When CAM recommenders were asked which factors influenced their decision to recommend CAMs to patients, the principal influences on their decision were: professional experience based on patient feedback, ‘seeing is believing’ (63.2%, 24); feedback from the respondent's own family and friends (36.8%, 14); patient request/demand for CAMs (36.8%, 14); personal experience of positive results on own health (28.9%, 11); direct evidence of patient benefit when referred to a CAM provider (26.3%, 10); their own belief in the benefits of CAM (21.1%, 8); and continuing CAM treatment started by others (10.5%, 4).

Common sources of CAM information cited by recommenders were: other health professionals (57.9%, 22); personal experience (47.4%, 18); professional journals (42.1%, 16); clinical experience (34.2%, 13); the internet (28.9%, 11); family and friends (23.7%, 9); lay magazines (7.9%, 3); British National Formulary (7.9%, 3); and CAM providers (5.3%, 2).

Concerns expressed by CAM recommenders and non-recommenders

Recommenders expressed concerns related to the use of CAMs during pregnancy in terms of: safety (52.6%, 20); their lack of training (50.0%, 19); their lack of access to prescribing information (36.8%, 14); the lack of efficacy (23.7%, 9); and reports of bad patient experiences (5.3%, 2).

The reasons given for not recommending CAM use by the 79 non-recommenders were: their lack of training (75.9%, 60); the lack of evidence-based guidelines (41.8%, 33); the lack of evidence of safety (35.4%, 28); their lack of competence (36.7%, 29); and no requests from patients (27.8%, 22).

Attitudes of recommenders and non–recommenders towards CAM use

Although the majority of respondents (69.2%, 81) agreed that there was some value in CAM use during pregnancy, recommenders were more likely to agree with this statement than non-recommenders (= 0.004). Similarly, only a small number of respondents (6.0%, 7) agreed that patients should never use CAMs during pregnancy; however, few of the respondents (12.8%, 15) agreed that CAMs were a safer alternative to conventional prescribed medicines during pregnancy. There was a strong level of agreement by all respondents (93.2%, 109) that healthcare professionals should be informed of a patient's use of CAM during pregnancy, and more than half of respondents (61.6%, 72) agreed that during pregnancy patients should only use CAMs recommended by healthcare professionals. Almost all respondents (89.7%, 105) agreed that irrespective of their personal beliefs, all healthcare professionals should have knowledge about common CAMs. Approximately three-quarters of respondents (76.1%, 89) agreed that all healthcare professionals should be taught about CAMs during their undergraduate curriculum. A full description of respondents to attitudinal statements is reported in Table S2.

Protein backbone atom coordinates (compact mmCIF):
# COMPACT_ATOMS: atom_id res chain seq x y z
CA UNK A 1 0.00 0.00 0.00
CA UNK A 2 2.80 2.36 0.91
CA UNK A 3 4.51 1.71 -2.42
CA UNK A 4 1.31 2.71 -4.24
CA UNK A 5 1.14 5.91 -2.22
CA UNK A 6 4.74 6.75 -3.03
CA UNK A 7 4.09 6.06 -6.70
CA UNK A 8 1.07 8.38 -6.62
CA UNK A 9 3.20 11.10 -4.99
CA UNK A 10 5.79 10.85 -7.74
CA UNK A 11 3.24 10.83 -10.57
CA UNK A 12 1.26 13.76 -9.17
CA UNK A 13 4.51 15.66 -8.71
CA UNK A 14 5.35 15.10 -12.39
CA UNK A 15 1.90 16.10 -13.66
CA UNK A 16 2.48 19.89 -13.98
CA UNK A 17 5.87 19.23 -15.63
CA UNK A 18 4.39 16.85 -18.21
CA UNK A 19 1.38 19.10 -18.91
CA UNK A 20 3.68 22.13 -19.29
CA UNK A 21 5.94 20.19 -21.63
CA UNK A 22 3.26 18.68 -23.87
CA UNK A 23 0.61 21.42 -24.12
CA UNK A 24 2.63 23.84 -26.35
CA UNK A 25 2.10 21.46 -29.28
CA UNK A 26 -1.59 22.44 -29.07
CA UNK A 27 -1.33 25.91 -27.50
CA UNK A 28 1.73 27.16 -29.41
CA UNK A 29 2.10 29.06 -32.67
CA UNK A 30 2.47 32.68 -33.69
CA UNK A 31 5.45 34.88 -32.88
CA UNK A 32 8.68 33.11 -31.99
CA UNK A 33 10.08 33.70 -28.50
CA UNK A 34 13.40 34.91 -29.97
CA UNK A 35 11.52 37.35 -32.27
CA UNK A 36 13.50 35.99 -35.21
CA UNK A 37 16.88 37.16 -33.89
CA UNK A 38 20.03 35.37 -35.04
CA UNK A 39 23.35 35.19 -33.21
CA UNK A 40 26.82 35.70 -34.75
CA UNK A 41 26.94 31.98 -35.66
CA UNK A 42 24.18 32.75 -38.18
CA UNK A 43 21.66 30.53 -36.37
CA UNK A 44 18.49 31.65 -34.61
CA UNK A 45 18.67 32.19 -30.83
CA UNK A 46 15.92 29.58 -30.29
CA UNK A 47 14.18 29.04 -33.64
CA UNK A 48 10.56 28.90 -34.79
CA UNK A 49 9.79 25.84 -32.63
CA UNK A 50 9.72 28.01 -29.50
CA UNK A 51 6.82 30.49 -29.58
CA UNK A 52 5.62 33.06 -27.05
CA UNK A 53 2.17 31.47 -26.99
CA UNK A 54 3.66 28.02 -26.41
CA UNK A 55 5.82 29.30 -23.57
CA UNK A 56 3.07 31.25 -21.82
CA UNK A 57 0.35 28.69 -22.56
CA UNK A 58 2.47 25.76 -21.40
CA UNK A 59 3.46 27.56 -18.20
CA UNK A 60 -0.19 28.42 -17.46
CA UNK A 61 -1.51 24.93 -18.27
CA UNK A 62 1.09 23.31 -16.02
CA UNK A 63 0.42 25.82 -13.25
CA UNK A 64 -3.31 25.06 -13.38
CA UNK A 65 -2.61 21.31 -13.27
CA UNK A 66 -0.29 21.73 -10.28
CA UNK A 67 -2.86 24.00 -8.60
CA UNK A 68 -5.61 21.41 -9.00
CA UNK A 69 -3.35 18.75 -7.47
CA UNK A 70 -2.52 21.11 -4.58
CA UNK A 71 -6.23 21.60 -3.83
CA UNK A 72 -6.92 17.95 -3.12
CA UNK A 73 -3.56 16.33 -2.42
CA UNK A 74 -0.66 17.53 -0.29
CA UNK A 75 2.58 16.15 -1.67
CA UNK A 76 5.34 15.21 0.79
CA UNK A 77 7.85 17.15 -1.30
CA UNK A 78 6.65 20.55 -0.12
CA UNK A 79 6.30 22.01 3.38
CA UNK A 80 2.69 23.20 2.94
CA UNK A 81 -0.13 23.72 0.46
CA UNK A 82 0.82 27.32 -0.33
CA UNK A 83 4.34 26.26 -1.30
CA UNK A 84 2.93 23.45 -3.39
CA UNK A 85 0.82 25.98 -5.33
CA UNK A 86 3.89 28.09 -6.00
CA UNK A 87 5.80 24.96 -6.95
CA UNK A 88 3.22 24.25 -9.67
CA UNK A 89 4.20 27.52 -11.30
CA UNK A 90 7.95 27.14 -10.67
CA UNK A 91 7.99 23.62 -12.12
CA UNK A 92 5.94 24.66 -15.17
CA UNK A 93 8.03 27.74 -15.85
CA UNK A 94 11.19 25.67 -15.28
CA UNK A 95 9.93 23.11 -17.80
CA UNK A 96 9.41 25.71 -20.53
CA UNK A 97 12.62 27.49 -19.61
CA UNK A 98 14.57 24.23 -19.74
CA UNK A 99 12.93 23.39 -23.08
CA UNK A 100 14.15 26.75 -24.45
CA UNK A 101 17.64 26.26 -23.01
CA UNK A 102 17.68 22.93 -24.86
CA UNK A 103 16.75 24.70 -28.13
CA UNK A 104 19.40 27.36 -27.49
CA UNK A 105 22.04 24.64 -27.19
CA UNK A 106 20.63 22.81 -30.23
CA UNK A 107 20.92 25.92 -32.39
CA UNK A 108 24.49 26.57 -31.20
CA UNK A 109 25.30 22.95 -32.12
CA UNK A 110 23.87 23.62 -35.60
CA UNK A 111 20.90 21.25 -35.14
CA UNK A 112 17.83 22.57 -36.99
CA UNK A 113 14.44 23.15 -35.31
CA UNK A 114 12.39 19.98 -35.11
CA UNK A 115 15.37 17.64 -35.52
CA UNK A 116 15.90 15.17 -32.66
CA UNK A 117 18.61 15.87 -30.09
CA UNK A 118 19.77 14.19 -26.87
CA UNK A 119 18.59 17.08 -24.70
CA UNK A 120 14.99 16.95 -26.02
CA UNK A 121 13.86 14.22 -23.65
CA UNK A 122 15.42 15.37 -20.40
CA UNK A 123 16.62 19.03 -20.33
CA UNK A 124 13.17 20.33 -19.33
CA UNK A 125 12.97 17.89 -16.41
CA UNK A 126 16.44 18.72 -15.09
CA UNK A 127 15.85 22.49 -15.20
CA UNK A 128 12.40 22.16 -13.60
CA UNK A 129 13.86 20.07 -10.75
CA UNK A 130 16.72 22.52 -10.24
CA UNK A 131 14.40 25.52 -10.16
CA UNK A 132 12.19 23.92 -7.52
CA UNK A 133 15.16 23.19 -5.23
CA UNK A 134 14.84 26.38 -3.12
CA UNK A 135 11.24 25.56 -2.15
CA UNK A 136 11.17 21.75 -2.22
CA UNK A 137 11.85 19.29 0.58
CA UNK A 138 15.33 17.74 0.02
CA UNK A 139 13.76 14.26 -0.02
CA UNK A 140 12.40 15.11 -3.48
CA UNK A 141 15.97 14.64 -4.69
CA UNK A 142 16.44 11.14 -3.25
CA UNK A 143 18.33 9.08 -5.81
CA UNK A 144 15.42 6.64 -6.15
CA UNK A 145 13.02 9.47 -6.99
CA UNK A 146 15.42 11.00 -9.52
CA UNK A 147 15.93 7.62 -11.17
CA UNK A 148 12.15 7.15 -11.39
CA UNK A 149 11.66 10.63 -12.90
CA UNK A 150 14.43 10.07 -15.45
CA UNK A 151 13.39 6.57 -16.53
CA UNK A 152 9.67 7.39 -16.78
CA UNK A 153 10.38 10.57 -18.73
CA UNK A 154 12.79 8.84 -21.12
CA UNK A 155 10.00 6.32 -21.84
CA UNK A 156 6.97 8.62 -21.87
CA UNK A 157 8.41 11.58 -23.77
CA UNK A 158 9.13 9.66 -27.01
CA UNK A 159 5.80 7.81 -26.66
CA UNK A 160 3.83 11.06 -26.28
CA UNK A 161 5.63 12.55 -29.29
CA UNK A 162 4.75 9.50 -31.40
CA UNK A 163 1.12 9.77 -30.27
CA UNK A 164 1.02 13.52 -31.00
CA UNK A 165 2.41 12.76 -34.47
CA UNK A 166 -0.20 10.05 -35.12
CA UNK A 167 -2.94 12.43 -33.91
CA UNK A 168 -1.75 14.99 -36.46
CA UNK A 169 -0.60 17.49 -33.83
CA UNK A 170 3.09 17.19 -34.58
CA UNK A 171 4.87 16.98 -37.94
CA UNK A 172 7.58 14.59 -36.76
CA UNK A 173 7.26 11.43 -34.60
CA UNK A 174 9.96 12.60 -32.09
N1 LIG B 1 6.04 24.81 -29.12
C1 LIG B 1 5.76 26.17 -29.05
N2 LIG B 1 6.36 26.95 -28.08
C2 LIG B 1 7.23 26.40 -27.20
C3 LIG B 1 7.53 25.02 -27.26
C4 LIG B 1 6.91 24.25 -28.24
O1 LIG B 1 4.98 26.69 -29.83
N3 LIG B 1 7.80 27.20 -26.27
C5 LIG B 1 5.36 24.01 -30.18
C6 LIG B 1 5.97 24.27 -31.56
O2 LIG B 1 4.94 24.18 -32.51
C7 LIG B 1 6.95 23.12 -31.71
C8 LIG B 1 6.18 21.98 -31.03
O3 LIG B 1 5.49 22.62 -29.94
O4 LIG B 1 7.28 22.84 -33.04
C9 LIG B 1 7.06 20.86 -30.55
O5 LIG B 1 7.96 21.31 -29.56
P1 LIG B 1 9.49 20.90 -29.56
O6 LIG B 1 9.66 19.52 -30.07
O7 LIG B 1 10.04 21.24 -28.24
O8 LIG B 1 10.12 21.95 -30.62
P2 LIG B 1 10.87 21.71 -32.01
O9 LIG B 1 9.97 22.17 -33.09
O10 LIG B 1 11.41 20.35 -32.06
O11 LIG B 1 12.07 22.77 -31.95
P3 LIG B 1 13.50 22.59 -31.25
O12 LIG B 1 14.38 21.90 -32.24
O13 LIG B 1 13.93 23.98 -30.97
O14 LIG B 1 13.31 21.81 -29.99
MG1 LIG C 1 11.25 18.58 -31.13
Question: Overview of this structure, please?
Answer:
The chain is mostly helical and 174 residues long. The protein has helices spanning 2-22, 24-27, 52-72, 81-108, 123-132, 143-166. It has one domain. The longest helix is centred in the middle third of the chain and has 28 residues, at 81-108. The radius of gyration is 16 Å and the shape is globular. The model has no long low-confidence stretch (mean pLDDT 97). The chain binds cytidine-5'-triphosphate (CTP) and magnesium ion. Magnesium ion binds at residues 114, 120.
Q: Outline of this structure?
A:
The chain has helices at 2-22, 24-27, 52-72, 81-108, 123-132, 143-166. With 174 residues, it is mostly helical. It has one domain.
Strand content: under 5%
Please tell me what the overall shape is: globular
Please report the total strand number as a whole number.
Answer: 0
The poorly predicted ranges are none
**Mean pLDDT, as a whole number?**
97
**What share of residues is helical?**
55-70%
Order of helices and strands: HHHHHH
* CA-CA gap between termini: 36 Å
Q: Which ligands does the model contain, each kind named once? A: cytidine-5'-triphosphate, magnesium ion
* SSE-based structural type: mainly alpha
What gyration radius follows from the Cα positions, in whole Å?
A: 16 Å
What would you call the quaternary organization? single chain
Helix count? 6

Discussion

  1. Top of page
  2. Abstract
  3. Introduction
  4. Methods
  5. Results
  6. Discussion
  7. Conclusion
  8. Acknowledgement
  9. References
  10. Supporting Information

Main findings

This is the first study to identify that the personal use of CAMs by professionals for their own health care is the only independent predictor of their recommendations to pregnant women to use CAMs. Those using CAMs for their own health care were eight times more likely to recommend (prescribe, advise, refer) CAMs to pregnant women during their professional obstetric practice, compared with non-recommenders.

Strengths and limitations

Despite achieving a high response rate, this study relied on self-reported data from a single centre, which may limit the generalisability to other settings; however, our findings are similar to the results of previously published studies in terms of the scope of CAMs recommended and the proportion of healthcare professionals who report a belief in the value of CAM therapies in pregnancy.

Interpretation

The recognition of the importance of personal CAM use in determining professional practice is paramount when considering the global drive to implement evidence-based approaches to patient care.[22] The role of personal CAM use in defining professional practice and the evident failure to adopt a systematic, objective, evidence-based approach is further reinforced by a reported reliance on the experiences of family and friends, and to a lesser extent their own clinical experience, and that of other healthcare professionals, as relevant sources of information. Interestingly, the main reason given by non-recommenders for not using CAM in their obstetric practice was a lack of training rather than a lack of evidence-based guidelines or concerns over safety.

In this study approximately a third of healthcare professionals recommended CAMs to pregnant women, which is markedly lower than the levels reported from Europe, the USA, and Australia.[12-21] The reasons for the lower level of use in our sample population are unknown, but possibly reflect differences in study design, healthcare systems, and cultures.